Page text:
Swiss tax law won’t change in response to the blockchain, says, lawmakers

Swiss tax law won’t change in response to the blockchain, says, lawmakers

Blockchain
June 30, 2020 Komal Joshi
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Switzerland’s Federal Department of Finance has determined that the rapid development of blockchain and corresponding financial instruments doesn’t warrant changes to existing tax laws. The country’s existing legislation can accommodate the nascent technology. According to a press release, the Swiss Federal Council first demanded a report on the subject from the Department of Finance on
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Switzerland’s Federal Department of Finance has determined that the rapid development of blockchain and corresponding financial instruments doesn’t warrant changes to existing tax laws. The country’s existing legislation can accommodate the nascent technology. According to a press release, the Swiss Federal Council first demanded a report on the subject from the Department of Finance on December 7, 2018, to examine the potential impact of DLT (decentralized ledger technology) and blockchain on the country’s economy. 

Swiss tax laws compatible with blockchain

The lawmakers displayed their findings to the Council during a meeting on June 19, ending that Swiss tax laws are fully compatible with blockchain technology—at least for now. Existing legislation has “proved its worth” concerning income, profit, wealth, and capital gains taxes, the report stated, while the country’s recent VAT law “covers arrangements based on distributed ledger technology (DLT) and blockchain.” It suggested that “no legislative action is necessary as regards special tax provisions for the new instruments.”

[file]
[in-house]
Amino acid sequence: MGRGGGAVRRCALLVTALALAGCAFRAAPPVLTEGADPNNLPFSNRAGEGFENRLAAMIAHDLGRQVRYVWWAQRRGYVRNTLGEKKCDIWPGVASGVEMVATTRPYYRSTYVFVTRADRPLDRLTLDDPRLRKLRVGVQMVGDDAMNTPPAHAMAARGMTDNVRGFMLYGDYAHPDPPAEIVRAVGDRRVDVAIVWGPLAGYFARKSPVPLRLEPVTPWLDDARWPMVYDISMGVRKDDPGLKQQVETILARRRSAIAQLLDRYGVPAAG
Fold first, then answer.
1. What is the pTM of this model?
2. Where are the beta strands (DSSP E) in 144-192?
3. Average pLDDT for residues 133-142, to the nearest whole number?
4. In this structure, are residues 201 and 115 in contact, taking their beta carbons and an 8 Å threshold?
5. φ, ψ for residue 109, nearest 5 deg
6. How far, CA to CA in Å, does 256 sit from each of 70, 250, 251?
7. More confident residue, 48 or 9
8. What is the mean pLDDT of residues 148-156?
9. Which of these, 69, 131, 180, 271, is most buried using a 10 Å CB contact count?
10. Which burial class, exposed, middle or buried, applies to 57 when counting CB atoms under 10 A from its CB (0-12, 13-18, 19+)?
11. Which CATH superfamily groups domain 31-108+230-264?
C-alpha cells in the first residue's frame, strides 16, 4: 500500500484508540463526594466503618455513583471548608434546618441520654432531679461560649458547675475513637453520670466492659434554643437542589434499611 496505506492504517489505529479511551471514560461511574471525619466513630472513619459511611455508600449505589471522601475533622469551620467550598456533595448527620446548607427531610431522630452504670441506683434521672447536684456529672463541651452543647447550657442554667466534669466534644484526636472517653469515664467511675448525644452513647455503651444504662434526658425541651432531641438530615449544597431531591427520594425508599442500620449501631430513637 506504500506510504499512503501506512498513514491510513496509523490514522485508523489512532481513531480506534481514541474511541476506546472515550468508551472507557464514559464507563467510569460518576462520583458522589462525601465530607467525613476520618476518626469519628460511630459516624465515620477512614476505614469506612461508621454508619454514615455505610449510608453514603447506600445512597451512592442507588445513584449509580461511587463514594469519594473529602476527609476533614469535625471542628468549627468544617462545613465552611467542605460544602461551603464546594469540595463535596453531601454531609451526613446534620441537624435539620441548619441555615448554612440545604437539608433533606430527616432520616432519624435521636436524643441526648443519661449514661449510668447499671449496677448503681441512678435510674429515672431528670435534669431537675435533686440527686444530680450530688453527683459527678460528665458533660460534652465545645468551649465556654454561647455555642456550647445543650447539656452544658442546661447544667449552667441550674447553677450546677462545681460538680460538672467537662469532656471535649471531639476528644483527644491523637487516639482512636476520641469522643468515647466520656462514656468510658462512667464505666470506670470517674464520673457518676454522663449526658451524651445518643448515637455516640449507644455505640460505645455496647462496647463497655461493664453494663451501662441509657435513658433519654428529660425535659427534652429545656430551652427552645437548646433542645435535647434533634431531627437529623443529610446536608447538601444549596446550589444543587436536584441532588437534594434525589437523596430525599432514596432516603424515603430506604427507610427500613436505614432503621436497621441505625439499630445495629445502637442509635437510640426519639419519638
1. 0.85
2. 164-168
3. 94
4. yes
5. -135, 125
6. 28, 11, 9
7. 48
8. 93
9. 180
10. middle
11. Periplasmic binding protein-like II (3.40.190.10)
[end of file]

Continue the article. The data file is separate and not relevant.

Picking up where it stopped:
The report’s authors also suggested that withholding tax coverage on income from equity and participation tokens should not be extended, “due to Switzerland’s adverse effects as a business location.” The report also recommended making modifications to the law around transfer stamp tax “due to uncertainty about the type and scope of the future use of DLT trading facilities.”

Switzerland takes hands-on approach to crypto

Switzerland’s attitude toward crypto is hardly hands-off, though. In February this year, the country tightened its cryptocurrency regulations to hinder money laundering, reducing the threshold for unidentified crypto purchases from 5,000 Swiss Francs to 1,000 (around $1,023). At the time, the regulators called “heightened money-laundering risks” as the primary reason for this decision.

Switzerland is also the first nation to strive to regulate cryptocurrency banking, with Sygnum, one of two crypto asset banks to be awarded an operational license by the Swiss financial regulator FINMA, reporting “overwhelming” demand after opening its doors last autumn.

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